Starting an emergency fund may not sound like the most exciting thing, but it’s something that everyone should make a priority.
Emergencies are usually unexpected, which is why preparing for one before it happens is a smart move. Whether it’s the question of where to store your savings or how to prioritize it against debt that’s holding you back, we’re here to answer your questions.
To help get you started, we asked personal finance blogger Shang Saavedra of @savemycents for some advice on building an emergency fund. Saavedra is a full-time management consultant who does retirement and money coaching on the side. She managed to reach FIRE (meaning financial independence, retire early) at 31-years-old, although she still continues to work.
After achieving her personal financial freedom, Saavedra decided that she wanted to start helping others, and thus became a retirement and money coach on the side.
Here’s what advice she had to give when it comes to building an emergency fund in the midst of a pandemic.
Don’t focus on interest rates when it comes to your emergency fund
“Your emergency fund is not an investment,” says Saavedra. “It’s a cushion that you will need to secure against falling into further credit card debt when emergencies happen. The difference between 1 percent or a 0 percent paying bank account is a lot less significant than falling into an emergency, putting life on a credit card, and paying off debt that might have an APR [annual percentage rate] of 25 percent.”
Try to balance saving and paying back debt
When it comes to Saavedra’s saving strategy, she recommends trying to split your priorities of saving and paying back debt as best as you can.
“If you have credit card debt, build a starter emergency fund of about one month’s bills,” says Saavedra. “Once you finish paying down credit card debt, start building up to a three to six month emergency fund, even if you have other types of debt such as student loans or a mortgage.”
Build an emergency fund that fits your situation
In general, it’s recommended that savers set aside three to six months of expenses in an emergency fund. However, this may vary depending on each person’s individual situation.
For example, Saavedra says that it probably makes more sense for those with relatively stable jobs and no dependents to have a cushion of about three months’ expenses. Whereas those with kids under the age of 18 will likely want to save six months’ worth of expenses to give them more peace of mind.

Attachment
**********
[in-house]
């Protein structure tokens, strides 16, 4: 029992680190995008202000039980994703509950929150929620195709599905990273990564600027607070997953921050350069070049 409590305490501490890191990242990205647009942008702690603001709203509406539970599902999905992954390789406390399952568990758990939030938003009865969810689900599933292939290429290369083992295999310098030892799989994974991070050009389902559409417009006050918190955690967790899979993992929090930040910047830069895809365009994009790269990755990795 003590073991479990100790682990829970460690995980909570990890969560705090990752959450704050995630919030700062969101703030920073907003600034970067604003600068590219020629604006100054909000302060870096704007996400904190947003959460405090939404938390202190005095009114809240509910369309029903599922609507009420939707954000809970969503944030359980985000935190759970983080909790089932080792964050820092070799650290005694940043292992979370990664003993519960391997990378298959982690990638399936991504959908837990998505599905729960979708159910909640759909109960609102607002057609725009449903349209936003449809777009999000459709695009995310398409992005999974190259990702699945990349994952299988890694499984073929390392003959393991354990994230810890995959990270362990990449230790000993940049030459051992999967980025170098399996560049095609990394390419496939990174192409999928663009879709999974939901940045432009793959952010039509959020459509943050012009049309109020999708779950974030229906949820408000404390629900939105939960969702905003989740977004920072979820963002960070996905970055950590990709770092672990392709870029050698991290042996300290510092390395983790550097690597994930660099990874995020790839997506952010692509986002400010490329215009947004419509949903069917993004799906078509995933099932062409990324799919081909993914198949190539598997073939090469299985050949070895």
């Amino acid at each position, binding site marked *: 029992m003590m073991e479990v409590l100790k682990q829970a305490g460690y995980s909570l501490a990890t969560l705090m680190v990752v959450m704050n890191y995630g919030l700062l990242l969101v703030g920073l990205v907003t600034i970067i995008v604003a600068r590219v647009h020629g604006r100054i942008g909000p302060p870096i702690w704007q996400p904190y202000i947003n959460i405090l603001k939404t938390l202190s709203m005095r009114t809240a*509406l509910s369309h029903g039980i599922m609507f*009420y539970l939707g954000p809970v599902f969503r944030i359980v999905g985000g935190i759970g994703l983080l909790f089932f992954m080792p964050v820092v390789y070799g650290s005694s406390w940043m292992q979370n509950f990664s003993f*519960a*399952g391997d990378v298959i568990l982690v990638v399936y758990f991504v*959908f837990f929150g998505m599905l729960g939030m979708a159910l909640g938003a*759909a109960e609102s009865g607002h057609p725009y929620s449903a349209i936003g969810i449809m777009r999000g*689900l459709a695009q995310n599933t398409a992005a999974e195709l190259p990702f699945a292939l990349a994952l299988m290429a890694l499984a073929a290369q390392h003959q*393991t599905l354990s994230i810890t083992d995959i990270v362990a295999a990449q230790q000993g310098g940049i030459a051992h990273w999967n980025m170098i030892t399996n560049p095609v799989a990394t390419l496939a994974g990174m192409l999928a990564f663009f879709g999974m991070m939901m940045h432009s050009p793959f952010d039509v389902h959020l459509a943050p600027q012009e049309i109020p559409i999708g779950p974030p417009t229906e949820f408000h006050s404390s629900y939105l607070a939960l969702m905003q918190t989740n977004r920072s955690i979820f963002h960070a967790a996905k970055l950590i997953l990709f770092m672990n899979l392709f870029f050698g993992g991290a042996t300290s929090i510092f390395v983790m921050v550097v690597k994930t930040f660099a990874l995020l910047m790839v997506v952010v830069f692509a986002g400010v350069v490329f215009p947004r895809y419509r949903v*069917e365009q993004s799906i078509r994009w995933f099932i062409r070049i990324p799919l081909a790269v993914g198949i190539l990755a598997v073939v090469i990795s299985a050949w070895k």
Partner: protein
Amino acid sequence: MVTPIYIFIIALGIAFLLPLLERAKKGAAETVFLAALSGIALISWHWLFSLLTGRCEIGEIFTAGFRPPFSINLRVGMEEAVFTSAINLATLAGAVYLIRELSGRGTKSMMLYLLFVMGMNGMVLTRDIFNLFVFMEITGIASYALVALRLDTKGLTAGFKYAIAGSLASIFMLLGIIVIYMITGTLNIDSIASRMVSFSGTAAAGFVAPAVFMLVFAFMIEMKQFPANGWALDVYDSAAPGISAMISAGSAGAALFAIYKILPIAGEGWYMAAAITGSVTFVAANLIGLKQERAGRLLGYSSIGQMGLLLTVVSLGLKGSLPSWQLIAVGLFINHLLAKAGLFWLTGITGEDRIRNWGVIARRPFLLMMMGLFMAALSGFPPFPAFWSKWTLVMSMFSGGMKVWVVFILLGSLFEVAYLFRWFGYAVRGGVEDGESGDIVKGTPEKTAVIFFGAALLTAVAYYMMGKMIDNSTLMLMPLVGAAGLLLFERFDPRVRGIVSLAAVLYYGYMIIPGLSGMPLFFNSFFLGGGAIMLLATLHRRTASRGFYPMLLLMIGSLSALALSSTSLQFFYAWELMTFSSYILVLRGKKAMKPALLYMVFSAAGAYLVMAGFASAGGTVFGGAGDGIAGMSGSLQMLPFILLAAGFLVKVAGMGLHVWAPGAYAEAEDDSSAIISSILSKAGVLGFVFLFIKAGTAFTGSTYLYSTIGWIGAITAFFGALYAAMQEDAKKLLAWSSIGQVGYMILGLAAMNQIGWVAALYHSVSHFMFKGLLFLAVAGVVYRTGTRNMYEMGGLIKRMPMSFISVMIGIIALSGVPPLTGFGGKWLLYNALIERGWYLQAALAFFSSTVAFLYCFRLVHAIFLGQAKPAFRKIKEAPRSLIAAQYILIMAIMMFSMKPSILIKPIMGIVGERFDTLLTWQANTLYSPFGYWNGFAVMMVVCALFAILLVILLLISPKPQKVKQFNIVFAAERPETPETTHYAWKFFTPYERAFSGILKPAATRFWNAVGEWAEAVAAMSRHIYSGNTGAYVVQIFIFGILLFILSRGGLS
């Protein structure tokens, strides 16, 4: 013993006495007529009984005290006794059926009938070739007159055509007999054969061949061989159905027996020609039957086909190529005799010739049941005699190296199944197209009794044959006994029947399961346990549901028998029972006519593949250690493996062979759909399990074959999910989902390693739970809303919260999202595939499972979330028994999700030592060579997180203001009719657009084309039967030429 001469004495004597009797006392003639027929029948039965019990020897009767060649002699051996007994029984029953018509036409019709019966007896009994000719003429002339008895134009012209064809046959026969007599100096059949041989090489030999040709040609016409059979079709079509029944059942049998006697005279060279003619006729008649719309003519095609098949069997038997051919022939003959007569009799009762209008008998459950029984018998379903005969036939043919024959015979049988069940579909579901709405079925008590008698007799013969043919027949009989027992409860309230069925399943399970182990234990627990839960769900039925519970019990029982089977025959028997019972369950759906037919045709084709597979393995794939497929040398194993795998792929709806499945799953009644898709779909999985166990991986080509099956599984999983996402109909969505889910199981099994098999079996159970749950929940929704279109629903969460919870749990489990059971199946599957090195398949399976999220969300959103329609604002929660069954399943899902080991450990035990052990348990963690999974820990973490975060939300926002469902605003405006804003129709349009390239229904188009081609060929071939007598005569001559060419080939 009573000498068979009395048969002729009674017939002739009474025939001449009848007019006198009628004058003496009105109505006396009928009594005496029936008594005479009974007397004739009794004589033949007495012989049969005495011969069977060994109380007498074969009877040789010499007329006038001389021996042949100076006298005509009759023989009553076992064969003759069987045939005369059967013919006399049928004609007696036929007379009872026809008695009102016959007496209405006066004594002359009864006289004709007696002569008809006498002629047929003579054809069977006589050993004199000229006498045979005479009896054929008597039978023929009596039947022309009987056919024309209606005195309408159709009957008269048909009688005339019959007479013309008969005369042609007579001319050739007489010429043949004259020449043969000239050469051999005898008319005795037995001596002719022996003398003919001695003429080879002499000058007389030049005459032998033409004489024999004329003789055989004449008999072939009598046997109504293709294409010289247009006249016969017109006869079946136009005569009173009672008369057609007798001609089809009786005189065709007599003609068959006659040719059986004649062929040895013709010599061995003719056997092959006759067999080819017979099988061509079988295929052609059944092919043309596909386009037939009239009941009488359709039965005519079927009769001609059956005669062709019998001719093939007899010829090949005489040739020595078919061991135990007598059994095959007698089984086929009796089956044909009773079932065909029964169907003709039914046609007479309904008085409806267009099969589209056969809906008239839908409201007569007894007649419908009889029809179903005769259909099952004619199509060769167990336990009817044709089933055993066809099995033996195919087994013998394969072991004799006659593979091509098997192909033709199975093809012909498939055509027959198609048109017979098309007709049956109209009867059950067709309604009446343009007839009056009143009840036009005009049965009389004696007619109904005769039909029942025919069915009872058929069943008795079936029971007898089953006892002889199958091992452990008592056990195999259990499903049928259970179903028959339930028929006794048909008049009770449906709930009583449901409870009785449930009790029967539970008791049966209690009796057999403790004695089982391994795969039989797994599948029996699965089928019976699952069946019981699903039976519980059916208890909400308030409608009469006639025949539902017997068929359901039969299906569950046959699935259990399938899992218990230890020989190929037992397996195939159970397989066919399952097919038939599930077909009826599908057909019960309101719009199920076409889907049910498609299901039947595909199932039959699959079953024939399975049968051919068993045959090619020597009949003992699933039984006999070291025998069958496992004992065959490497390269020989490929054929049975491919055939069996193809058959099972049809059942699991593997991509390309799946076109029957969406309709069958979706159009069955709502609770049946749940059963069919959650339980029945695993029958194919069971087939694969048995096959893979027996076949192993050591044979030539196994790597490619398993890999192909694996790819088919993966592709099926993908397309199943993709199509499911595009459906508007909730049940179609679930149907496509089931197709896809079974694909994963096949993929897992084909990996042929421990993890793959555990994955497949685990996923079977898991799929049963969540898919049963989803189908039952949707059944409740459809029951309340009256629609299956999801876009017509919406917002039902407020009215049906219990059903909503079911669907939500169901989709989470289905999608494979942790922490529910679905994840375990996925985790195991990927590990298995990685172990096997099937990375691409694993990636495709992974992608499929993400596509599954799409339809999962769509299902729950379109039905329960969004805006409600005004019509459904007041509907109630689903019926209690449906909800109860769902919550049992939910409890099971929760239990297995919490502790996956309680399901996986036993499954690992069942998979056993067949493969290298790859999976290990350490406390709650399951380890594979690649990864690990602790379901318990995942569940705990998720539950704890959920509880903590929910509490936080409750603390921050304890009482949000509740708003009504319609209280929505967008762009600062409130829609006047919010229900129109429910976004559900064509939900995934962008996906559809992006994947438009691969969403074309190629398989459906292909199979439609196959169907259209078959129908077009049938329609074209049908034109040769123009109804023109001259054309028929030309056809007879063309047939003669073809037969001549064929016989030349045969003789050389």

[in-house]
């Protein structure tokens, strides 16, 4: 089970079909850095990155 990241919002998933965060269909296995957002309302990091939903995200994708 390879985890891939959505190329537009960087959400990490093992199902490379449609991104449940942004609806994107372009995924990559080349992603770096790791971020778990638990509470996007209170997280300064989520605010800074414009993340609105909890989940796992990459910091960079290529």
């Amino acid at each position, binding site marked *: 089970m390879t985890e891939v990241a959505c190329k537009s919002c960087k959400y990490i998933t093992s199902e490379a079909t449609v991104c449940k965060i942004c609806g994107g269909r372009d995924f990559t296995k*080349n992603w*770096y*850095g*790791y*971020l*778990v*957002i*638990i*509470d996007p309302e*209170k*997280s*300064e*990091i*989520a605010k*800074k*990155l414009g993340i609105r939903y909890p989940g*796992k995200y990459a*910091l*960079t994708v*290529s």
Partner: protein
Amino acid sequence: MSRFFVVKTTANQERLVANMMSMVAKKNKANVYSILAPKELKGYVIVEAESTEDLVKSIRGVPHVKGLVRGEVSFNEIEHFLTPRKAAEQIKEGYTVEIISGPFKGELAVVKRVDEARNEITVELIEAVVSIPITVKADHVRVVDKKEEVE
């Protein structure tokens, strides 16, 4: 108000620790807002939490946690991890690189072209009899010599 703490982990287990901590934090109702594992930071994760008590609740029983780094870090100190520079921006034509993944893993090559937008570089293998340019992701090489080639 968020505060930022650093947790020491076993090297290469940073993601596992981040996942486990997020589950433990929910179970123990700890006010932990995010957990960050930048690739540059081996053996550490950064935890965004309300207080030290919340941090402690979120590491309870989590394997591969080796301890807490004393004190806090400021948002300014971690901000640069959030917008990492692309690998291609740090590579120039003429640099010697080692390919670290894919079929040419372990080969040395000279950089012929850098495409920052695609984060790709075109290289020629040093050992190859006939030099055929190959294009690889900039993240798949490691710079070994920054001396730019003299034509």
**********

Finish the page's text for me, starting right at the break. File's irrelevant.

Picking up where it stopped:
“Do whatever it takes” to get started
When it comes to getting started, Saavedra has found that a “do whatever it takes” approach has proven to be a successful attitude for both herself and her clients.
Saavedra suggests that those looking to boost their savings should consider:
- Selling everything they’re not currently using.
- Doing a series of quick hustles (i.e. selling plasma, focus groups, side jobs).
- Pausing all non-essential spending.
- Put any raise or bonus money you earn straight into savings.
These are some quick and easy ways to boost your balance or even get it going.
Focus on your emergency fund before you start investing
“Stocks are hot” is probably a phrase you’ve been hearing fairly often as of late. And while that may be true, stocks are not for everyone.
Saavedra advises against investing in the stock market until you have a fully-funded emergency fund. Investing comes with more inherent risks, which is why you should focus on covering your back for those “just in case” moments.
“Keep your emergency fund in cash or cash-like equivalents, and make sure it is fully funded before you begin investing,” says Saavedra.
Finally, it should go without saying but never stash your emergency fund in investments.
Starting (and building) an emergency fund should be a key part of your financial plan. Not only will it give you peace of mind knowing that you have a cushion to fall back on, but it will actually be there for you when you most need it.
It takes work and a positive mindset, but hopefully these tips and tricks from Saavedra will help you work your way towards a fully-funded emergency fund.